Edinburg family’s tamales tradition full of chaos, craziness, and quality timedfwnewsa | December 18, 2023 | 0 | East Texas News , South Texas News
There is indisputable evidence indicating that tamales are the glue that brings families together during the holidays. One only has to look around at Christmastime. There’s a dozen everywhere you look, and people you love (we hope) gathered around.
For Josefina Segovia and her daughter Letty Segovia Luna, 63, both of Edinburg, making tamales for Christmas has become a tradition that’s been passed down from mother to daughter from generation to generation.
Although the 81-year-old learned to make tamales from her mother who they called Lala, the tamale tradition began with Josefina’s mother-in-law, Leandra.
Over the years, the tradition has grown from simply making tamales to a day-long gathering filled with family.
“We all just get together, we eat and we drink and we dance and we sing,” Josefina said with joy.
As the years passed, they’ve continued to add to their tradition. In fact, Letty recalled two years ago when one of her daughters made an apron for each of the women in the family to wear as they made the tamales.
They topped off the look with a pair of Christmas headbands.
“We kind of upped it up a little bit with our attire,” Letty joked.
In previous years, Josefina and her husband, Arnulfo Segovia, would host the tamalada at their ranch home.
Prior to his death, the tradition included the men barbecuing outside while the women made the tamales.
She recalled her husband often making fun of her for complaining at the end of each tamalada.
Josefina laughed as she remembered his words, “You cry and cry for them to come and then you cry for them to leave.” He was referring to family members in jest.
As many are aware, hosting tamaladas is quite a bit of work, and Arnulfo didn’t always look forward to it.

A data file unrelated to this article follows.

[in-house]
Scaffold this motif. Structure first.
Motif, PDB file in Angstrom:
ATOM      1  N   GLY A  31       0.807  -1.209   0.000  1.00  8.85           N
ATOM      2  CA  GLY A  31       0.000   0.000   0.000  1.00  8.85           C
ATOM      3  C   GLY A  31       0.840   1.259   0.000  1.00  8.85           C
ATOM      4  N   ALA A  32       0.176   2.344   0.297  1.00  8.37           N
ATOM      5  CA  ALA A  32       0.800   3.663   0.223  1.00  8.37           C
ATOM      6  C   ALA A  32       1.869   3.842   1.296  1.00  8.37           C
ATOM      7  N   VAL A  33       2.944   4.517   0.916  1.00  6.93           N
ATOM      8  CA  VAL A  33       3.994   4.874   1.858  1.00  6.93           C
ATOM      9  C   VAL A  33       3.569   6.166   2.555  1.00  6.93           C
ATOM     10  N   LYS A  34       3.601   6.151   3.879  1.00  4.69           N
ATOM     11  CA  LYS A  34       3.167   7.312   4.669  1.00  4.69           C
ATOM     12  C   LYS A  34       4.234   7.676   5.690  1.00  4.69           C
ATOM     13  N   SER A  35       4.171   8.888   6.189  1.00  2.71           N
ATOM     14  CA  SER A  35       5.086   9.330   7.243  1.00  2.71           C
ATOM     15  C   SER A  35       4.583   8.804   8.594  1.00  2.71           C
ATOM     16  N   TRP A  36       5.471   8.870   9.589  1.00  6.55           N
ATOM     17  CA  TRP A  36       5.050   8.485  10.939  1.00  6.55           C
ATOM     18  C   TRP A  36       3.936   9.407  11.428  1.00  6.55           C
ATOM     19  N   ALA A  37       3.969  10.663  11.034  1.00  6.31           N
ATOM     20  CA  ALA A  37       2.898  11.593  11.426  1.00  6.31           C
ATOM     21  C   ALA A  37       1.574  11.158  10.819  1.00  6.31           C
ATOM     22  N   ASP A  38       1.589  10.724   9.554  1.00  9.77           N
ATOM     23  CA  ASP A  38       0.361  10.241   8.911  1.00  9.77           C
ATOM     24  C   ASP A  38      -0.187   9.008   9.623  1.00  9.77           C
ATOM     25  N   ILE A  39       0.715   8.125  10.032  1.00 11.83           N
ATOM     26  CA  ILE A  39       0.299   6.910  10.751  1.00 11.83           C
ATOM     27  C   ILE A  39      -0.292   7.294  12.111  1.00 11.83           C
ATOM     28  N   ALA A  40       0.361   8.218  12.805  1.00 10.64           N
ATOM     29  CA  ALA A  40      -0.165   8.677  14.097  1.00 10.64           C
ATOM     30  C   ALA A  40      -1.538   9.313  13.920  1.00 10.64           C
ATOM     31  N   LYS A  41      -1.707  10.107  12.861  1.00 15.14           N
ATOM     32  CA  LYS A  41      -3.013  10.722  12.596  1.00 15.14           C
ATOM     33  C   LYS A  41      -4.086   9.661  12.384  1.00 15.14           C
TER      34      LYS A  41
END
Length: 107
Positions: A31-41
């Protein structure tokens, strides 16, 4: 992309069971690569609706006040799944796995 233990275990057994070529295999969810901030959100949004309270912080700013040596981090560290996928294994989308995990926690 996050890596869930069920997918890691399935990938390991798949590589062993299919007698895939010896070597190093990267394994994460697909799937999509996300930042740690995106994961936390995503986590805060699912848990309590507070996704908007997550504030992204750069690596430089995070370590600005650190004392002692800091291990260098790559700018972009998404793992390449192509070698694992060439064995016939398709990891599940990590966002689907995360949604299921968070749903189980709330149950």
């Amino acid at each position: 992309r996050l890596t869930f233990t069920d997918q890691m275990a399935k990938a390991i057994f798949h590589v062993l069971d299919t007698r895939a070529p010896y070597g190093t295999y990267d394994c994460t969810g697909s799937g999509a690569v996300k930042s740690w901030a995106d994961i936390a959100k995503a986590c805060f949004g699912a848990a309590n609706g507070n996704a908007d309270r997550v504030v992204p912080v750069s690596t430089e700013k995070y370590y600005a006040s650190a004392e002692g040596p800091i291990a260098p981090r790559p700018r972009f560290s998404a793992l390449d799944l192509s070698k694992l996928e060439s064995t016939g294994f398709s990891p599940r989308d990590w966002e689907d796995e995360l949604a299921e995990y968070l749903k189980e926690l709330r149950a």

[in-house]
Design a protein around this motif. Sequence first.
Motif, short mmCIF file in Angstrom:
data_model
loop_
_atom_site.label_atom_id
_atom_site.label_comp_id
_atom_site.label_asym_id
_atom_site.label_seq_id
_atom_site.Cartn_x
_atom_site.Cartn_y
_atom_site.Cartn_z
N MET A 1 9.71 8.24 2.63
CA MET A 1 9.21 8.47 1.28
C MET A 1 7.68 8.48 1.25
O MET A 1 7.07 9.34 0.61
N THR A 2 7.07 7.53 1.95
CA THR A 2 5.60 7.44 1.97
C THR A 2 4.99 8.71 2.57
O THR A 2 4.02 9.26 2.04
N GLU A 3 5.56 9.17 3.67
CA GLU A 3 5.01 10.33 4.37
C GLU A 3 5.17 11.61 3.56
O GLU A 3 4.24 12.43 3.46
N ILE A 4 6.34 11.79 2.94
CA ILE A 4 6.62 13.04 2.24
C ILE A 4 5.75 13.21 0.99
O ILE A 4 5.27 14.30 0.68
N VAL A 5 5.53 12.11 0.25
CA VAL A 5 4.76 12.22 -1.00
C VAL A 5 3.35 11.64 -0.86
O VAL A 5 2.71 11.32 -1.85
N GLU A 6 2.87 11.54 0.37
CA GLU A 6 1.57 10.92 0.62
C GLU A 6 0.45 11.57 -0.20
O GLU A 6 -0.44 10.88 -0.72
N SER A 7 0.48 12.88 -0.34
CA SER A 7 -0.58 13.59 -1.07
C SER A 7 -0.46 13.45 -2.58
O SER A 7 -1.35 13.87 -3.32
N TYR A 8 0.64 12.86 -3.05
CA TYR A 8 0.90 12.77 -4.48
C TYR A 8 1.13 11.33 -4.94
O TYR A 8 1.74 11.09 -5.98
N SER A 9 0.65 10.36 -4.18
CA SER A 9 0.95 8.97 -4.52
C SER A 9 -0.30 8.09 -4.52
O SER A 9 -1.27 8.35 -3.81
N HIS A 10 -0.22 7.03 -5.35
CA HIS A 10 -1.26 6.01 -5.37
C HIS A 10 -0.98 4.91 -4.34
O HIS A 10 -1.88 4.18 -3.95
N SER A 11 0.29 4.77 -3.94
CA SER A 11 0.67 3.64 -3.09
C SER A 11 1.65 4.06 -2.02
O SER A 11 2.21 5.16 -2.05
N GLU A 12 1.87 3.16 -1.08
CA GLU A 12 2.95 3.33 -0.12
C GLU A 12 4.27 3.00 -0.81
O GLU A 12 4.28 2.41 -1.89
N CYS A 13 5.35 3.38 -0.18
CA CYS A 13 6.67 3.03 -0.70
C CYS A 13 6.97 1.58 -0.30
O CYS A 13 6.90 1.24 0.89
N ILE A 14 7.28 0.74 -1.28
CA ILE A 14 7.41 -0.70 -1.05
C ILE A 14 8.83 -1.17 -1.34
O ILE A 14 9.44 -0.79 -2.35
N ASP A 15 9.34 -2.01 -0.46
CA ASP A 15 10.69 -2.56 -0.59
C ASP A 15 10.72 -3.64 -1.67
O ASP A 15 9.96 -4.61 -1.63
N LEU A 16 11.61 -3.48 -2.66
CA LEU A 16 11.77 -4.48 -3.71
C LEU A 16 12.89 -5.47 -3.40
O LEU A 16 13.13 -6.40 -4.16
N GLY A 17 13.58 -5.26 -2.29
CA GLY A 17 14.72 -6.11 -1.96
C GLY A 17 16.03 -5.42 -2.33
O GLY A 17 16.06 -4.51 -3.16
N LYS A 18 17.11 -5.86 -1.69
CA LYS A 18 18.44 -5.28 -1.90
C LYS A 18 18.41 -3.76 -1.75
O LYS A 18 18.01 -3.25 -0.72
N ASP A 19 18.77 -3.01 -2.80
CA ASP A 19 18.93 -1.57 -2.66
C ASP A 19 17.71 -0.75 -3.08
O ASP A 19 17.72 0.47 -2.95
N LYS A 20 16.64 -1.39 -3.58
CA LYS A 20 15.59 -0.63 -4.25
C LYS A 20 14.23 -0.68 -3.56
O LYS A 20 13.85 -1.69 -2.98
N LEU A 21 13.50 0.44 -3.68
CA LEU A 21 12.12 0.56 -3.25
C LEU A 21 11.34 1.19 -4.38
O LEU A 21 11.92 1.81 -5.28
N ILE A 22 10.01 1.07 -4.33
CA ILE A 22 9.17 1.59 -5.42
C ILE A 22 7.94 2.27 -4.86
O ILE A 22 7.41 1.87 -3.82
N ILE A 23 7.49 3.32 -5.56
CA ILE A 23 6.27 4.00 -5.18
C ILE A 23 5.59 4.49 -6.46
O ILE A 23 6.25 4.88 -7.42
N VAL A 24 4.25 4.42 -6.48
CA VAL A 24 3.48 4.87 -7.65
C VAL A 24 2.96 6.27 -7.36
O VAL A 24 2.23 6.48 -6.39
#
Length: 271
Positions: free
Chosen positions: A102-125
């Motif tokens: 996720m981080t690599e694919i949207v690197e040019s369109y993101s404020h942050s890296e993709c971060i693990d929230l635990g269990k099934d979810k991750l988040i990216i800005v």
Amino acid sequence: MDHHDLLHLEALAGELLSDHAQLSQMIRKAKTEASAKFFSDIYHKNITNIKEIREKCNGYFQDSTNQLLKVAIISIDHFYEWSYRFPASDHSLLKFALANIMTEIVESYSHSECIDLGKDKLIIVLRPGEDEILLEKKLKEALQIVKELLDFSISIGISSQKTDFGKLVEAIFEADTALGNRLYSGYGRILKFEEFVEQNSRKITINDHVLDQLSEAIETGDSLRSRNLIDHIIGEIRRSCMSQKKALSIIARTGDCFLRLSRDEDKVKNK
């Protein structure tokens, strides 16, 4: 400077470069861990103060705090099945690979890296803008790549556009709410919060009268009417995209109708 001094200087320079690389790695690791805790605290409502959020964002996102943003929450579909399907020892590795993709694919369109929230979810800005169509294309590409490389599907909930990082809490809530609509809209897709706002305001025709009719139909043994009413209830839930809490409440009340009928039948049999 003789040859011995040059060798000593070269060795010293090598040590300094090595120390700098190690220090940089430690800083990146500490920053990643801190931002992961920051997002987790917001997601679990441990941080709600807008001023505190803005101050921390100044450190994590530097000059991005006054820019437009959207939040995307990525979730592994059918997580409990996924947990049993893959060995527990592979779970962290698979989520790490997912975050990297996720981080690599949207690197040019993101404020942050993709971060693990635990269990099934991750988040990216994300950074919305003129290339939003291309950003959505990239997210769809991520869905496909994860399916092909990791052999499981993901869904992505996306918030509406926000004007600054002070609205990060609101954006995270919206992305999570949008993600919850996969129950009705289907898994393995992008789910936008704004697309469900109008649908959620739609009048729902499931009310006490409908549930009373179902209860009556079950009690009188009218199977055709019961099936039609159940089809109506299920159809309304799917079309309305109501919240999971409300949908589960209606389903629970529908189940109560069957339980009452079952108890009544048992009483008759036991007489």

Although he attempted to look miserable she knew he loved the tradition just as much as she did. His annoyances belied gratefulness and affection for the quality time he was spending with his family.
The family now gathers at Letty’s house as they continue the tradition each year.
“The cycle has kinda changed as far as the location but the event and the kids and the noise and the fun and everything is just the same,” Letty said happily.
She explained that prior to the family’s arrival, Josefina often starts off their day of tamal-making by preparing the chile for the masa and tamales using a molcajete passed down from her mother-in-law.
The family then arrives around 9 or 10 a.m. to begin making the tamales. Although there are around 20 people in the kitchen, oftentimes they don’t finish making them until around 7 or 8 p.m.
Letty joked that they make so many tamales that they lose track of the dozens made over the course of 10 hours.
As the women made the tamales the children would be running around the house causing havoc.
Josefina recalled hearing the kids’ footsteps on her wooden floors.
“As hectic as it is … those are the memories that I have from when we went to my mom’s house,” Letty said, adding that the craziness is part of the tradition.
In addition, Letty explained that one of her favorite memories while making tamales was how much her grandma, Leandra, would make the family laugh.
“She was tiny and little but she would make us laugh so much, she would say jokes and some of them were inappropriate but it was fun,” Letty said. “That’s like what I remember the most.”
She explained that they often think of her as they make tamales, recalling all her jokes as they honor her tradition. They also honor Lala’s memory by using the same pot that she used when making tamales.
Josefina’s favorite memories of making the tamales are just having all her family together.
“The secret (to great tamales) would be that family tradition of fun and love,” Josefina said.
To see more, view staff photographer Delcia Lopez’s full photo gallery here:
The post Edinburg family’s tamales tradition full of chaos, craziness, and quality time appeared first on MyRGV.com.